Is There Water (or Life) on Mars?

Does new evidence show that liquid water could be present on Mars now? Does this mean humans might one day call the planet home?

Sabrina Stierwalt, PhD
4-minute read
Episode #164


NASA recently made an announcement that a major mystery from Mars had been solved and that an official announcement with more details would be made in a few days. Despite an accidental early leak of the press release, the big news was announced yesterday and set the astronomy community abuzz: planetary scientists have found evidence of liquid water on the surface of our neighbor, the Red Planet. What does this mean for the potential for life on Mars?

Why the Focus on Liquid Water?

Having not uncovered any evidence for its existence so far, we can be sure there is no other intelligent life in our solar system. Earthlings are hard to miss. We have been sending radio emissions out into space in the form of television broadcasts, satellite communications, and even radar to study other planetary surfaces for decades now. We would expect any other similarly intelligent civilizations to do the same. In fact, searches for intelligent life outside of our solar system have been largely focused on searches for radio emission.

Thus, the search for life in our own solar system is really the search for the potential for life. This potential could come in the form of more simplistic organisms like microbes, but it usually means looking for the conditions necessary to sustain life.  

Liquid water is required for the most basic processes that create and sustain life. The presence of liquid water thus directly assesses the chances that we could call a planet or other astronomical body “home.”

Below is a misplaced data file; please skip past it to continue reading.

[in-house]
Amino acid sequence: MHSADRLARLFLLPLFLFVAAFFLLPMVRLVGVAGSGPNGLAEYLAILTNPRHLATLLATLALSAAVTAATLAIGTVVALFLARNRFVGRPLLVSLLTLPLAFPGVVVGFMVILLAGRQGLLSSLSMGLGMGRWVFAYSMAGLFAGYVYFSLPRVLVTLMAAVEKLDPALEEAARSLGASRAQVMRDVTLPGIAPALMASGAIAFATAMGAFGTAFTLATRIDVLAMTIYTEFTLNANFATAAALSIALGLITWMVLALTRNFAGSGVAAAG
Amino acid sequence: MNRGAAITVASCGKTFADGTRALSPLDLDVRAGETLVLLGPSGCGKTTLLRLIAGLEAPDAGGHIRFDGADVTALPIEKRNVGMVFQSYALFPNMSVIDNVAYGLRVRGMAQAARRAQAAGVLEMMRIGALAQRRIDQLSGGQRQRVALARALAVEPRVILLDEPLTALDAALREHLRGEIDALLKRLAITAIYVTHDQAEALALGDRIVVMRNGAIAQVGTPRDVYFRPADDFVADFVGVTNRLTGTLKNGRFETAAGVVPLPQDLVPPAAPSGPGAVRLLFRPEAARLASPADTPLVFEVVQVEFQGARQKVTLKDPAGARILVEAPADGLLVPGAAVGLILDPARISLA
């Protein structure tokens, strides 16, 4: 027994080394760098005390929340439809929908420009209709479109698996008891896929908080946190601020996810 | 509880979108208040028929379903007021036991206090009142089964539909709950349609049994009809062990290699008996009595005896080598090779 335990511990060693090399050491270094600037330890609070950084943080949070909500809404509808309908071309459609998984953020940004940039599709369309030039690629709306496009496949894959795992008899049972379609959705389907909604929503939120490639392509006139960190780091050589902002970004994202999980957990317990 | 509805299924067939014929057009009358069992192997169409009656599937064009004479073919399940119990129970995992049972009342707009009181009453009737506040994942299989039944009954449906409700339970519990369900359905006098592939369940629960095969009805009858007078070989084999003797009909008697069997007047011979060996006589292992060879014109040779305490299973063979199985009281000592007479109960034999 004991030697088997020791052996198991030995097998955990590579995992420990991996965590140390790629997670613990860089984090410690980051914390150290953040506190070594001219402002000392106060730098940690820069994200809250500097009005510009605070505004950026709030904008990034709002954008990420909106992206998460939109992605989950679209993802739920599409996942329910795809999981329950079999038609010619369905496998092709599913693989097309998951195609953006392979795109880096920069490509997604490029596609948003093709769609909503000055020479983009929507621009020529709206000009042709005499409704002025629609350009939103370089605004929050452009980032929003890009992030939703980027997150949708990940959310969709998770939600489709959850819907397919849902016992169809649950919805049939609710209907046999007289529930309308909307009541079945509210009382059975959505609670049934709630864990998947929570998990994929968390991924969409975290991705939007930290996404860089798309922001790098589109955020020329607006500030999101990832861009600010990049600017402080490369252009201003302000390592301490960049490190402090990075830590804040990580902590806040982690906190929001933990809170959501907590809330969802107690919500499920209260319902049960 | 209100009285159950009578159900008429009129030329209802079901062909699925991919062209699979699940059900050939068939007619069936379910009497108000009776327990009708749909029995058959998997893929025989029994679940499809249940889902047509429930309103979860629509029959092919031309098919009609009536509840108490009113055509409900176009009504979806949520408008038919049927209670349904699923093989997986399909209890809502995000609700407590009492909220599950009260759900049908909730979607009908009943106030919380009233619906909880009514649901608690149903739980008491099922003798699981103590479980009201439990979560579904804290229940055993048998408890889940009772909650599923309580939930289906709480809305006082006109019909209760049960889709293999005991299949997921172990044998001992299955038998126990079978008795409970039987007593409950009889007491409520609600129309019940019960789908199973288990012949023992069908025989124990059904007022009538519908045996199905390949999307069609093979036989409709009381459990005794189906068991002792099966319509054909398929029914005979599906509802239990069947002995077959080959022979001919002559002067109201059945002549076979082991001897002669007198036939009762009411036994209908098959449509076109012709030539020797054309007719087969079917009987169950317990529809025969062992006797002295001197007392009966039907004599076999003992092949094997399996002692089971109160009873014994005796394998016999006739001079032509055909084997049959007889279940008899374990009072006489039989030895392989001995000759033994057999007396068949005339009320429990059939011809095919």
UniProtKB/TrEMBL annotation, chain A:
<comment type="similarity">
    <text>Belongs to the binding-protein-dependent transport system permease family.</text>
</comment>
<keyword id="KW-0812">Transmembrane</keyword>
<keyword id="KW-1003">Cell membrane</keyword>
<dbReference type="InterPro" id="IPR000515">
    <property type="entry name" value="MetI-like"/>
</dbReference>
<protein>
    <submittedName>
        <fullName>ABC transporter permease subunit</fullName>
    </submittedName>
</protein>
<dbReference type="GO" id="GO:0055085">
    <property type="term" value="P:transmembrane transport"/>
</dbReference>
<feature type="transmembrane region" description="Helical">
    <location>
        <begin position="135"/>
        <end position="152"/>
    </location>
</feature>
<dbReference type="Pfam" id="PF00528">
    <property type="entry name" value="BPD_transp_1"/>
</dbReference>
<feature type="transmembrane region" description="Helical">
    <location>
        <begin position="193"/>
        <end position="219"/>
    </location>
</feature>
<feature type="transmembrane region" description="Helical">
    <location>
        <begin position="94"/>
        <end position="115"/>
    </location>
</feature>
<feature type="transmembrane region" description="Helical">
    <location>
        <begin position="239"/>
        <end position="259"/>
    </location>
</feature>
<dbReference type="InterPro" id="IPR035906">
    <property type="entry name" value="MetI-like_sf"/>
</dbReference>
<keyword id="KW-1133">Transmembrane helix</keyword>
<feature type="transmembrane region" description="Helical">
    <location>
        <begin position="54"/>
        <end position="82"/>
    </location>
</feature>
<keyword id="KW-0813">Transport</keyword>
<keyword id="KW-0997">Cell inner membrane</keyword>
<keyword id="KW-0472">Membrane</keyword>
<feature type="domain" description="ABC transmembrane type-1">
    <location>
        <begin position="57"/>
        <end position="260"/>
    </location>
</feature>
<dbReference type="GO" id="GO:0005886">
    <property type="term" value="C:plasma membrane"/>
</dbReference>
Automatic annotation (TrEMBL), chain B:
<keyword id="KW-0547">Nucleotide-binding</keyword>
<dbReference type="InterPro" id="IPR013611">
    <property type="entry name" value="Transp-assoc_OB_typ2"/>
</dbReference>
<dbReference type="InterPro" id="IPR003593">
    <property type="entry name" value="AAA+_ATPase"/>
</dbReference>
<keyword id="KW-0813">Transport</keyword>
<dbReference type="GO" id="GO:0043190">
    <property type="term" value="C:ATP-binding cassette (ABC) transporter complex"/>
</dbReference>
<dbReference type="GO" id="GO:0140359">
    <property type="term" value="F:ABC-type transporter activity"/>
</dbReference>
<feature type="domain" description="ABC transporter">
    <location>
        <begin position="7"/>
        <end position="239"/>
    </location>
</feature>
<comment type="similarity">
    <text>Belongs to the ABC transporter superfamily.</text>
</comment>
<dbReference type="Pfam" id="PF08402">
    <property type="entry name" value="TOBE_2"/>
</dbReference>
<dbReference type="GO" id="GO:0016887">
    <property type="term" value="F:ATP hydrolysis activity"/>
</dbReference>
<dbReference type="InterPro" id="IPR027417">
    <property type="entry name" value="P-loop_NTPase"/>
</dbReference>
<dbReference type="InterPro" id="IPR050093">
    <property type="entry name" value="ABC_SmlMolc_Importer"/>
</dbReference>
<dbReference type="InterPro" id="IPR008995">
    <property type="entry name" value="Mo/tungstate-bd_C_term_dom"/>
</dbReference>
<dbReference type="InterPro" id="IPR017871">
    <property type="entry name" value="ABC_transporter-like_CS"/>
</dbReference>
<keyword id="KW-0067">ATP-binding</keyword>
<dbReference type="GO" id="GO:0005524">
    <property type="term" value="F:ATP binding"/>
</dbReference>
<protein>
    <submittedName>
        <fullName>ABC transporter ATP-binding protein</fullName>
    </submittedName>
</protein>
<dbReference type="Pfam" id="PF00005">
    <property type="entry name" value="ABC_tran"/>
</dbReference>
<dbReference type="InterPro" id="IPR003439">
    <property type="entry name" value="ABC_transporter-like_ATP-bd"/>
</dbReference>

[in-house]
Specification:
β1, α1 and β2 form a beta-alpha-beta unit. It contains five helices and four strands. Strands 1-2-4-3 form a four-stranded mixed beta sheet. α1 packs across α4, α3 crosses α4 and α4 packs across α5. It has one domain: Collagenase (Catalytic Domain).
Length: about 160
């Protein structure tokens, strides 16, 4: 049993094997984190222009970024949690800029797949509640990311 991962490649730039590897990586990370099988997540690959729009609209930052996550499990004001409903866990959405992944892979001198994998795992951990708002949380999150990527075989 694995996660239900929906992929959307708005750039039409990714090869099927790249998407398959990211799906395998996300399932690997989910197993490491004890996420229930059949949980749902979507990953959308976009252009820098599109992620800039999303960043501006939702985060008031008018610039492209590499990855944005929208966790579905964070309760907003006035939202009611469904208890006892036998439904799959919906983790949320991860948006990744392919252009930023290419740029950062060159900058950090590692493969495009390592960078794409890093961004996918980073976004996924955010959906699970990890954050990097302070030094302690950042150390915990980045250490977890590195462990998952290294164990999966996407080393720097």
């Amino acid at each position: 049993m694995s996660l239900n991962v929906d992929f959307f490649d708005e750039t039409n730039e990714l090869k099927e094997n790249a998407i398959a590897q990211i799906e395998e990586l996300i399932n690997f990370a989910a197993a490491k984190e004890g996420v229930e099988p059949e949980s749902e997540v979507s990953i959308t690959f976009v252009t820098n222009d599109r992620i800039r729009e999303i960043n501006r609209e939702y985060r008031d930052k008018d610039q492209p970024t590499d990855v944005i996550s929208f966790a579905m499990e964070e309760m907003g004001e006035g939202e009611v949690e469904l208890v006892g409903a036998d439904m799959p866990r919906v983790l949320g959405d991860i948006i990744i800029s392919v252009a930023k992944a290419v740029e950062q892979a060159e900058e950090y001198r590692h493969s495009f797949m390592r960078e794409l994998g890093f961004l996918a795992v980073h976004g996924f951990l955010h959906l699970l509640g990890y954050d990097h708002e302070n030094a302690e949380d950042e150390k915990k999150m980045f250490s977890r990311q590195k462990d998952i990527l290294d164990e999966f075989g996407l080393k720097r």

Water is surprisingly abundant in our solar system but usually in the form of water vapor on Venus or in the form of ice—for example in comets or distant Kuiper Belt objects far from the Sun’s heat. Even Mercury, the closest planet to the Sun, is able to sustain polar ice caps because they escape direct exposure to our star’s heat.

Until yesterday, the most promising hosts to liquid water in our solar system were Europa, one of Jupiter’s large moons, and Enceladus, a dynamic moon in the Saturnian system. Both moons show signs of having water below their icy crusts that is kept in liquid state thanks to hydrothermal activity caused by the tides due to their gas giant planetary hosts. Both also show evidence of erupting geysers, spewing that liquid water from below up and out over the surface.

But what about places a bit closer to home? So far, space travel has only taken humans as far as the Moon, much closer than the distances required to reach the outer solar system.


Please note that archive episodes of this podcast may include references to Ask Science. Rights of Albert Einstein are used with permission of The Hebrew University of Jerusalem. Represented exclusively by Greenlight.

About the Author

Sabrina Stierwalt, PhD

Dr Sabrina Stierwalt earned a Ph.D. in Astronomy & Astrophysics from Cornell University and is now a Professor of Physics at Occidental College.